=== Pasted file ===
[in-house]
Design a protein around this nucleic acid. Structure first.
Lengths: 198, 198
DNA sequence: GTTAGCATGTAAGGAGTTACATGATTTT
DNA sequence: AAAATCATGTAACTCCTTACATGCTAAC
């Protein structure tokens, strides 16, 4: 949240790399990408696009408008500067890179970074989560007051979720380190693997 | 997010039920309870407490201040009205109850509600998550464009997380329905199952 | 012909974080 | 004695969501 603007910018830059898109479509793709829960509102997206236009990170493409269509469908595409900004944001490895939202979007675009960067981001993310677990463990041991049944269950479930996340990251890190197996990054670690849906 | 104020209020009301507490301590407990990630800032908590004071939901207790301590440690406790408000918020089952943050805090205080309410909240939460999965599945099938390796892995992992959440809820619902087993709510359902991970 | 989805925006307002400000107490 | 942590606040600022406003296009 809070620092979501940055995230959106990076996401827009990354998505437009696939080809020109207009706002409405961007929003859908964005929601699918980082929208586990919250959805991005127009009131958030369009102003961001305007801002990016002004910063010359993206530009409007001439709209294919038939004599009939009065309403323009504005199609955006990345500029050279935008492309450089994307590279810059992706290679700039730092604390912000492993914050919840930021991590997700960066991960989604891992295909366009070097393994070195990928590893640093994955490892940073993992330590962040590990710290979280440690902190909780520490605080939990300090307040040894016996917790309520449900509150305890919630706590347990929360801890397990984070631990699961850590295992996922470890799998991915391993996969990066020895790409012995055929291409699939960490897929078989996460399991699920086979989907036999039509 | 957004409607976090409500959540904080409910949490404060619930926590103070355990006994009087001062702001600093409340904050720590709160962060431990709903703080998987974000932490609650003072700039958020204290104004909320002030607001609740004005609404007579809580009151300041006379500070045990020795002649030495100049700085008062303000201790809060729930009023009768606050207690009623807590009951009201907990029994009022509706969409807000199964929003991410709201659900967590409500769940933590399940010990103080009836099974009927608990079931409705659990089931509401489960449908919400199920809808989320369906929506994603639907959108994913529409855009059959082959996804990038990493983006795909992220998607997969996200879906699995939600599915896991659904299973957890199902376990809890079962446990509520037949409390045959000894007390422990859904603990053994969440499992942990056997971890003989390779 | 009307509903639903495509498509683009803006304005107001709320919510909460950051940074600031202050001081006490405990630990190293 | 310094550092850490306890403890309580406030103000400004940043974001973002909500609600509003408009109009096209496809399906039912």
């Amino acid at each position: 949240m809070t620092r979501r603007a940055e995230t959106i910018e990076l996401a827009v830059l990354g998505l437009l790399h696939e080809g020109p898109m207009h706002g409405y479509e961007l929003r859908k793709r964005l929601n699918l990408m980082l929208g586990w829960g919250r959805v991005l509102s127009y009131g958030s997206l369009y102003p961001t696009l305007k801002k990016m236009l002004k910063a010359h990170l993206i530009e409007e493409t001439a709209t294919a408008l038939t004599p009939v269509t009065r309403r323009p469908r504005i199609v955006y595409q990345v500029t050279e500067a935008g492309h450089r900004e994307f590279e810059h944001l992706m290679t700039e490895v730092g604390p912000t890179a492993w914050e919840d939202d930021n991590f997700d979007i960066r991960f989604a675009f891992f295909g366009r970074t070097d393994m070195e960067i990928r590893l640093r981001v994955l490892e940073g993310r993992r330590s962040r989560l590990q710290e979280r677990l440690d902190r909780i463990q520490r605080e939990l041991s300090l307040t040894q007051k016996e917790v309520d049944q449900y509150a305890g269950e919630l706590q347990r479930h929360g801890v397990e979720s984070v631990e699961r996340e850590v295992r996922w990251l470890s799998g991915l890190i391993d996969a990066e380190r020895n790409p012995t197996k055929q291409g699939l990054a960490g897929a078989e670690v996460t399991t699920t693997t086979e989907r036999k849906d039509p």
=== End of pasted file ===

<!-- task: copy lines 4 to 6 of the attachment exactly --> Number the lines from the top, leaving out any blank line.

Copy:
DNA sequence: GTTAGCATGTAAGGAGTTACATGATTTT
DNA sequence: AAAATCATGTAACTCCTTACATGCTAAC
């Protein structure tokens, strides 16, 4: 949240790399990408696009408008500067890179970074989560007051979720380190693997 | 997010039920309870407490201040009205109850509600998550464009997380329905199952 | 012909974080 | 004695969501 603007910018830059898109479509793709829960509102997206236009990170493409269509469908595409900004944001490895939202979007675009960067981001993310677990463990041991049944269950479930996340990251890190197996990054670690849906 | 104020209020009301507490301590407990990630800032908590004071939901207790301590440690406790408000918020089952943050805090205080309410909240939460999965599945099938390796892995992992959440809820619902087993709510359902991970 | 989805925006307002400000107490 | 942590606040600022406003296009 809070620092979501940055995230959106990076996401827009990354998505437009696939080809020109207009706002409405961007929003859908964005929601699918980082929208586990919250959805991005127009009131958030369009102003961001305007801002990016002004910063010359993206530009409007001439709209294919038939004599009939009065309403323009504005199609955006990345500029050279935008492309450089994307590279810059992706290679700039730092604390912000492993914050919840930021991590997700960066991960989604891992295909366009070097393994070195990928590893640093994955490892940073993992330590962040590990710290979280440690902190909780520490605080939990300090307040040894016996917790309520449900509150305890919630706590347990929360801890397990984070631990699961850590295992996922470890799998991915391993996969990066020895790409012995055929291409699939960490897929078989996460399991699920086979989907036999039509 | 957004409607976090409500959540904080409910949490404060619930926590103070355990006994009087001062702001600093409340904050720590709160962060431990709903703080998987974000932490609650003072700039958020204290104004909320002030607001609740004005609404007579809580009151300041006379500070045990020795002649030495100049700085008062303000201790809060729930009023009768606050207690009623807590009951009201907990029994009022509706969409807000199964929003991410709201659900967590409500769940933590399940010990103080009836099974009927608990079931409705659990089931509401489960449908919400199920809808989320369906929506994603639907959108994913529409855009059959082959996804990038990493983006795909992220998607997969996200879906699995939600599915896991659904299973957890199902376990809890079962446990509520037949409390045959000894007390422990859904603990053994969440499992942990056997971890003989390779 | 009307509903639903495509498509683009803006304005107001709320919510909460950051940074600031202050001081006490405990630990190293 | 310094550092850490306890403890309580406030103000400004940043974001973002909500609600509003408009109009096209496809399906039912």